For context, I have a
SourceControlSystem factory class that detects if a user is using Git, SVN, or another source control system and returns an object to interact with that source control system. The implementation is here, but I don't think it's very relevant.
So, at the start of my library, I have this single line:
@source_control_system = SourceControlSystem.create
Now the problem is that some classes depend on this variable. I have a
Churn class that needs this variable, but a
Churn class instance is only created inside of a
So I'm doing stuff like the following:
First, I pass
@source_control_system to a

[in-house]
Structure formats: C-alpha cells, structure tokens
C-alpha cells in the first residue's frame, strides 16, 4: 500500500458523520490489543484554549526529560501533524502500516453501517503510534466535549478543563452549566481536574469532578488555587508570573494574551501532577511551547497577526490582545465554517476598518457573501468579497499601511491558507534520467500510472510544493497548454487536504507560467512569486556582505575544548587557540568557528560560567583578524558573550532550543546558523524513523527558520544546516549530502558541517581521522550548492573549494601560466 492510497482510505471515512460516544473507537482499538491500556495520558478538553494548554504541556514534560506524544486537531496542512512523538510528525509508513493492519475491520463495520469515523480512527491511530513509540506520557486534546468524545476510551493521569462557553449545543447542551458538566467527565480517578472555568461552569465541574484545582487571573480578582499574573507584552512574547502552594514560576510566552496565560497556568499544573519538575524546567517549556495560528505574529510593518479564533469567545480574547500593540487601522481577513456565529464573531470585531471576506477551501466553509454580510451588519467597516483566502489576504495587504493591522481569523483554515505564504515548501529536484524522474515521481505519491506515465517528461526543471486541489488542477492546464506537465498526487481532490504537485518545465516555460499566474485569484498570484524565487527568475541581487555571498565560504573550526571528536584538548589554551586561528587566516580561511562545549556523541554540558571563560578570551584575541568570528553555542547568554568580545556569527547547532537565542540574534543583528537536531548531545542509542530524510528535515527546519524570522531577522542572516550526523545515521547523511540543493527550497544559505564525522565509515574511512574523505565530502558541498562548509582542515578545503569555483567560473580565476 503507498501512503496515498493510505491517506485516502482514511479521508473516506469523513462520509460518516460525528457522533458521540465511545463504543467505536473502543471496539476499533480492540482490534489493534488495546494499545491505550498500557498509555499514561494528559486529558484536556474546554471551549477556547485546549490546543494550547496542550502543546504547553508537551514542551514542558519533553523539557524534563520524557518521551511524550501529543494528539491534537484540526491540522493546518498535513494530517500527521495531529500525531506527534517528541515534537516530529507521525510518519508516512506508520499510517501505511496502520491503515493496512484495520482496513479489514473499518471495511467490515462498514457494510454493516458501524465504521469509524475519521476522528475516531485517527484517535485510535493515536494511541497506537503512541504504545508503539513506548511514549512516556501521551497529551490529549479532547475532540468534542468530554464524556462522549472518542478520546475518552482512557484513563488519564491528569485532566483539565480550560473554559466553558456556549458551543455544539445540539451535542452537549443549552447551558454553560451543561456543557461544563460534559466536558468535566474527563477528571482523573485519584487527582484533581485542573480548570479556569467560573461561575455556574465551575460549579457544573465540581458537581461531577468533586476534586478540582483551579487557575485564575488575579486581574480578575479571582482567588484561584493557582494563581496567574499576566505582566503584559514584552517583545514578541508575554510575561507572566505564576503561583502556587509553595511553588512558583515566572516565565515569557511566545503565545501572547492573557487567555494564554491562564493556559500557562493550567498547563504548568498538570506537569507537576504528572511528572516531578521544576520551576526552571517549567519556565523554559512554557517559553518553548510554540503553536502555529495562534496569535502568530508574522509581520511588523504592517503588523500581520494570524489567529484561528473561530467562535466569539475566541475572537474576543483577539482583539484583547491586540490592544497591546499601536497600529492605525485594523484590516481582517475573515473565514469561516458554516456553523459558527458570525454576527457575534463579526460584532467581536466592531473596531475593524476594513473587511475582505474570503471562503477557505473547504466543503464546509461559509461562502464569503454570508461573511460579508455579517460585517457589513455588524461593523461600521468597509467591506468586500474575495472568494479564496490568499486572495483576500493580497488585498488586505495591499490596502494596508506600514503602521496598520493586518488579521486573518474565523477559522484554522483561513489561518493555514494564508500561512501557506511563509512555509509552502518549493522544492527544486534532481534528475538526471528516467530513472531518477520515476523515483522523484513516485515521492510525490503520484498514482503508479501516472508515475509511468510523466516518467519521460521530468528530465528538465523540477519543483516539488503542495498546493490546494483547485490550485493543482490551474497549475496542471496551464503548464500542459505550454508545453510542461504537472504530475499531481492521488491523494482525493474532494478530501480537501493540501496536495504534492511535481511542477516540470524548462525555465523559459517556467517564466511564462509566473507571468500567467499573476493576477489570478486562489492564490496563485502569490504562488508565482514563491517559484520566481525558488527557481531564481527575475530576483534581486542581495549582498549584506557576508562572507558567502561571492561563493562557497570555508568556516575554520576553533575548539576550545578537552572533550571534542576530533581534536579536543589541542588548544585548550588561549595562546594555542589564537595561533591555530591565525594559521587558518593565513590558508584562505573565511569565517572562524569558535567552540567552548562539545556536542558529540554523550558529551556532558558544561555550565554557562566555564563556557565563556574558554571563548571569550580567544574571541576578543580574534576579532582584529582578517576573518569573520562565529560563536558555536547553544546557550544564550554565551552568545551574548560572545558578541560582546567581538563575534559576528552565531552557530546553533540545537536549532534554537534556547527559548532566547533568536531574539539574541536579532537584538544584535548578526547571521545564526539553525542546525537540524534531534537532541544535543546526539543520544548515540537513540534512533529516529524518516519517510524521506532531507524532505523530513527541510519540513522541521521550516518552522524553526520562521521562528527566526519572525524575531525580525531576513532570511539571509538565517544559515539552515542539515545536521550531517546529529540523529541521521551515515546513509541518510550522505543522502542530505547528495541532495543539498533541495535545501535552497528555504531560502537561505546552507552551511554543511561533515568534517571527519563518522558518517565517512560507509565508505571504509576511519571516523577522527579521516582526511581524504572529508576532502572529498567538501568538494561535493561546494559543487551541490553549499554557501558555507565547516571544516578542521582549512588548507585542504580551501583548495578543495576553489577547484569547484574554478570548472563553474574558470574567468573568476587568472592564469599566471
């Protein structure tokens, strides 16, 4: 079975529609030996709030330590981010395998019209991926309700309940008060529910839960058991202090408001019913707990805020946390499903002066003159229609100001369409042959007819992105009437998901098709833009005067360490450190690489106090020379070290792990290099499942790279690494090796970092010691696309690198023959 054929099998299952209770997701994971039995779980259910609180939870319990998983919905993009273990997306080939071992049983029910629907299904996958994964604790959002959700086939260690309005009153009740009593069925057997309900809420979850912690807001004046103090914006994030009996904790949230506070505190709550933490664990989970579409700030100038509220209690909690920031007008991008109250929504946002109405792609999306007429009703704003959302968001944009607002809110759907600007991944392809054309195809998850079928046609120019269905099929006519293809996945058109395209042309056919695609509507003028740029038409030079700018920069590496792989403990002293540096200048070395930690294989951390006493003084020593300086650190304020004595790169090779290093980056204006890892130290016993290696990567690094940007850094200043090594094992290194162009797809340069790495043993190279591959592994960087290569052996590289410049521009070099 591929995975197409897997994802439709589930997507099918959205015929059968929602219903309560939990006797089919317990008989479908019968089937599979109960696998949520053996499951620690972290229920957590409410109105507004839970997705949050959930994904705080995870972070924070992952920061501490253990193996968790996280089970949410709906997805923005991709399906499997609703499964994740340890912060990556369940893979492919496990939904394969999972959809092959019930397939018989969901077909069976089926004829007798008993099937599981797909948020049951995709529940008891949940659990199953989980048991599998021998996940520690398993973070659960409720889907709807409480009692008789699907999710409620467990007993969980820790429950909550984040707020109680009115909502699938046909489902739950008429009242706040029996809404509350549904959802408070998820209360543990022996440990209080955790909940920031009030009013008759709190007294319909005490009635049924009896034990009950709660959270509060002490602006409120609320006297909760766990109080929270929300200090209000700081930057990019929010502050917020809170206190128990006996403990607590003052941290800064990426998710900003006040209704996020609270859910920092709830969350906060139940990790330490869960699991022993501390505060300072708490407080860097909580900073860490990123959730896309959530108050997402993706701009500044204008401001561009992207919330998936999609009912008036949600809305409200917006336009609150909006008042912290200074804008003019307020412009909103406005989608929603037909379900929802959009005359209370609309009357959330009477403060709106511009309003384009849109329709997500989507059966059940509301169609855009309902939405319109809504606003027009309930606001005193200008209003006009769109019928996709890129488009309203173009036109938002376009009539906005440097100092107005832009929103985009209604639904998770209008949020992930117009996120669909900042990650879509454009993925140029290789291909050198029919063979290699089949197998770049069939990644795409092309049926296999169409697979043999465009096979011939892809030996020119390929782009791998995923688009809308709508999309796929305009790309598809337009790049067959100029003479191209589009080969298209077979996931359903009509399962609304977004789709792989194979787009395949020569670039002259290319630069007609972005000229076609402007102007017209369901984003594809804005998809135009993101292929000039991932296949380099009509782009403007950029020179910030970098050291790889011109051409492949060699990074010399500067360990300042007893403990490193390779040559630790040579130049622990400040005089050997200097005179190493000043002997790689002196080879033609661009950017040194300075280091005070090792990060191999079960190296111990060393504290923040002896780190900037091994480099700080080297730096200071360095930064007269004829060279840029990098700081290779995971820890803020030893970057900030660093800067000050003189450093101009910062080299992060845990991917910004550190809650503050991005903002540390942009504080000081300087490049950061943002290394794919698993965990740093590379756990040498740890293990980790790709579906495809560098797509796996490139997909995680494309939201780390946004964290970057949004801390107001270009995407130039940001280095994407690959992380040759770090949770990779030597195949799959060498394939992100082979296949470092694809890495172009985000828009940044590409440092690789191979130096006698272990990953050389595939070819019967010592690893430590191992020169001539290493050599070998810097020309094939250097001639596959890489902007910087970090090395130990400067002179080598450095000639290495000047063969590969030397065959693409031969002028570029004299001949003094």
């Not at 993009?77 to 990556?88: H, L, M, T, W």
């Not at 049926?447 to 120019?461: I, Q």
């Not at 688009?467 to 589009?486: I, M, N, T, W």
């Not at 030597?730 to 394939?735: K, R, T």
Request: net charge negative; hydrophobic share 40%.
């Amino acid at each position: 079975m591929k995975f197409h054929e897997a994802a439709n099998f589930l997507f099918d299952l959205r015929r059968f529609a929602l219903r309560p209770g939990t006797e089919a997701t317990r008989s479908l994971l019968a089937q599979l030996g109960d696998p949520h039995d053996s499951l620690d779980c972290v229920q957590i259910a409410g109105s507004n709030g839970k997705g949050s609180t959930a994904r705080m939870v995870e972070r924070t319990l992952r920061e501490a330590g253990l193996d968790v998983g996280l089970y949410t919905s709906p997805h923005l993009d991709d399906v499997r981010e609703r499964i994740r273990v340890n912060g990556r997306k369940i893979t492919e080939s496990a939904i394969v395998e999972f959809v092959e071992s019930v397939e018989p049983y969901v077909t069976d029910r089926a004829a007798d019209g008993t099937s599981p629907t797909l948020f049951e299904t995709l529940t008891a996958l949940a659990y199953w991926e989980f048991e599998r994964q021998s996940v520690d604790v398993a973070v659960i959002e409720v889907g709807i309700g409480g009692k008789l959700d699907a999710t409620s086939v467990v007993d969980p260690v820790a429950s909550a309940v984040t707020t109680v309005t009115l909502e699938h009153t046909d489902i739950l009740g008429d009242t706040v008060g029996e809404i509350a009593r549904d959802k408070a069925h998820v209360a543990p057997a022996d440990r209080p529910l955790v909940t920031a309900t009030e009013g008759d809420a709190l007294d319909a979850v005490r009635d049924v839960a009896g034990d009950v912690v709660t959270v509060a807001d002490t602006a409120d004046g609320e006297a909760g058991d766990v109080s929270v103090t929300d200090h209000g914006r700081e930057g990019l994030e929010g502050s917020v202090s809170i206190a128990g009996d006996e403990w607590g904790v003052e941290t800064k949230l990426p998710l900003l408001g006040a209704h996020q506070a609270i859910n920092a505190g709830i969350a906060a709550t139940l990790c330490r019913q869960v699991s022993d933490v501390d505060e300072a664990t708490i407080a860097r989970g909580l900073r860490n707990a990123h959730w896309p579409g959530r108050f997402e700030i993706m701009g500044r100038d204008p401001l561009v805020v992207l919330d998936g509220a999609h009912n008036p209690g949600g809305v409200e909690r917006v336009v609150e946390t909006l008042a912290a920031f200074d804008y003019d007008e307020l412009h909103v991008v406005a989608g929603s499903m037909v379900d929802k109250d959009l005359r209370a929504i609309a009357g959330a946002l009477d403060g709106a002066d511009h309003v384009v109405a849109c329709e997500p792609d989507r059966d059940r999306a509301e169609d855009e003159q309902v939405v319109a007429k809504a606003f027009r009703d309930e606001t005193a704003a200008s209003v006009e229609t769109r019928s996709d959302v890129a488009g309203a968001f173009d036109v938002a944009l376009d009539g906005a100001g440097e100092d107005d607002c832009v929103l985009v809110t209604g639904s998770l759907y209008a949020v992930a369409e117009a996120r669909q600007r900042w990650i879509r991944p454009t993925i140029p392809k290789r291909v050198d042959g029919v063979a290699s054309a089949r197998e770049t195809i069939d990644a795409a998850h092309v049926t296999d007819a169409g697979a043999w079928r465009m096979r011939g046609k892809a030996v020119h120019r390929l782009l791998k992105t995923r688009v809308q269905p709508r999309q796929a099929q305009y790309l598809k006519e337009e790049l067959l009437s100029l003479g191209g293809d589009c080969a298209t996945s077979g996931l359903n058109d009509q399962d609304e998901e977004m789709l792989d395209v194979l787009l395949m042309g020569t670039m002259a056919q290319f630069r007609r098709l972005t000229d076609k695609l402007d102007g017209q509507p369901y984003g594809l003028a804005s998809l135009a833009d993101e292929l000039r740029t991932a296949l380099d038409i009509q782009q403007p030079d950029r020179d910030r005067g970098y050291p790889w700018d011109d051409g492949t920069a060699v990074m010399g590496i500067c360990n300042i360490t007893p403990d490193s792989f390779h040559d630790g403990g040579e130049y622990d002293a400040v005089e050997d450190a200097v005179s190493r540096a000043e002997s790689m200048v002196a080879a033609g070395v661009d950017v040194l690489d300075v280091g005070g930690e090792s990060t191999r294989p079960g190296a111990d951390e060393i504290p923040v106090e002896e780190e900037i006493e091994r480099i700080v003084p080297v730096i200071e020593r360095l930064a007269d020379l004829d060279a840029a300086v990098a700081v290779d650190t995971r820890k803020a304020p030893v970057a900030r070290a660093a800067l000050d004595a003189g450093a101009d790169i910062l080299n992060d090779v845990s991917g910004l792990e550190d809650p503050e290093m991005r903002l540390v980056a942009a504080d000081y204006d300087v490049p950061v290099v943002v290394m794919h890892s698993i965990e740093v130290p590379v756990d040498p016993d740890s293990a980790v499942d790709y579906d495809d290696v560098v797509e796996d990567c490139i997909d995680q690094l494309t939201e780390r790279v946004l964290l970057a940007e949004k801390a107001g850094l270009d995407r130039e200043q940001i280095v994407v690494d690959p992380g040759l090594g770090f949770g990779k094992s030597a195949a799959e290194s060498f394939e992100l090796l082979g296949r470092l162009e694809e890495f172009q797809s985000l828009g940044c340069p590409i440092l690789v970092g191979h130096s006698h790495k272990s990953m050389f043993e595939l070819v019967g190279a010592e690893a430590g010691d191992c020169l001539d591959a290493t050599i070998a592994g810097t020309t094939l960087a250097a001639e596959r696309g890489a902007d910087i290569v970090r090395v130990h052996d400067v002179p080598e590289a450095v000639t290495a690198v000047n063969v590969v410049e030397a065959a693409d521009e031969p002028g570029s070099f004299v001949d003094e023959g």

And then inside the
class Turbulence def initialize(source_control_system) @source_control_system = source_control_system end ... # Turbulence doesn't need @source_control_system # It merely passes it to Churn def churn @churn ||= Churn.new(@paths, @source_control_system).churn end end
And then I finally pass it to to the
class Churn def initialize(paths, source_control_system) @paths = paths @source_control_system = source_control_system end # do stuff with @source_control_system here end
Do you consider this to be a problem or not?
I don't think creating that variable is that expensive so I could just call
SourceControlSystem.create twice, once inside the
Churn class and another outside of it. Do you see any harm in that? I could do that but it seems... odd.
SourceControlSystem be some sort of global singleton object? That way, every class that needed it could instantly access it and call methods on it. You know, like the
Math module. That way, I wouldn't have to keep passing it as an argument to a bunch of classes.
How would you do it?